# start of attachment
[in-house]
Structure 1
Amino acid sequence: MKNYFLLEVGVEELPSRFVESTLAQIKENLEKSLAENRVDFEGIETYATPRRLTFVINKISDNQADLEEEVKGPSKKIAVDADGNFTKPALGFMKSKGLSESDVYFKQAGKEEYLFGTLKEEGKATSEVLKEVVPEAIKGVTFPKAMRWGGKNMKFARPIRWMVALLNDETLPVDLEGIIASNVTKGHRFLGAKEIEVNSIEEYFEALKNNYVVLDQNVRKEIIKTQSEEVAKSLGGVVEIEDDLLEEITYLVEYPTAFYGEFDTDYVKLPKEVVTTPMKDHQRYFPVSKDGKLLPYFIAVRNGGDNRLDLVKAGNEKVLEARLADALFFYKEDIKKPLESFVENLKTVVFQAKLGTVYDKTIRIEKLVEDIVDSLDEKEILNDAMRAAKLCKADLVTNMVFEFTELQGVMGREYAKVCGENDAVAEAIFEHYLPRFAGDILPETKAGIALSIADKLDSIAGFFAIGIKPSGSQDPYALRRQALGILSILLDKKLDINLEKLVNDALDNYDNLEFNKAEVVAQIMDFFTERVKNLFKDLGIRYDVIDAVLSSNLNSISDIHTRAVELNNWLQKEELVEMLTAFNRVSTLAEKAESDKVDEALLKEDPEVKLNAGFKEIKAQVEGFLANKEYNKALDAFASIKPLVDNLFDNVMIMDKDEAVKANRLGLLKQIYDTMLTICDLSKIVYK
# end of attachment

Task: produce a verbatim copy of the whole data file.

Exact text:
[in-house]
Structure 1
Amino acid sequence: MKNYFLLEVGVEELPSRFVESTLAQIKENLEKSLAENRVDFEGIETYATPRRLTFVINKISDNQADLEEEVKGPSKKIAVDADGNFTKPALGFMKSKGLSESDVYFKQAGKEEYLFGTLKEEGKATSEVLKEVVPEAIKGVTFPKAMRWGGKNMKFARPIRWMVALLNDETLPVDLEGIIASNVTKGHRFLGAKEIEVNSIEEYFEALKNNYVVLDQNVRKEIIKTQSEEVAKSLGGVVEIEDDLLEEITYLVEYPTAFYGEFDTDYVKLPKEVVTTPMKDHQRYFPVSKDGKLLPYFIAVRNGGDNRLDLVKAGNEKVLEARLADALFFYKEDIKKPLESFVENLKTVVFQAKLGTVYDKTIRIEKLVEDIVDSLDEKEILNDAMRAAKLCKADLVTNMVFEFTELQGVMGREYAKVCGENDAVAEAIFEHYLPRFAGDILPETKAGIALSIADKLDSIAGFFAIGIKPSGSQDPYALRRQALGILSILLDKKLDINLEKLVNDALDNYDNLEFNKAEVVAQIMDFFTERVKNLFKDLGIRYDVIDAVLSSNLNSISDIHTRAVELNNWLQKEELVEMLTAFNRVSTLAEKAESDKVDEALLKEDPEVKLNAGFKEIKAQVEGFLANKEYNKALDAFASIKPLVDNLFDNVMIMDKDEAVKANRLGLLKQIYDTMLTICDLSKIVYK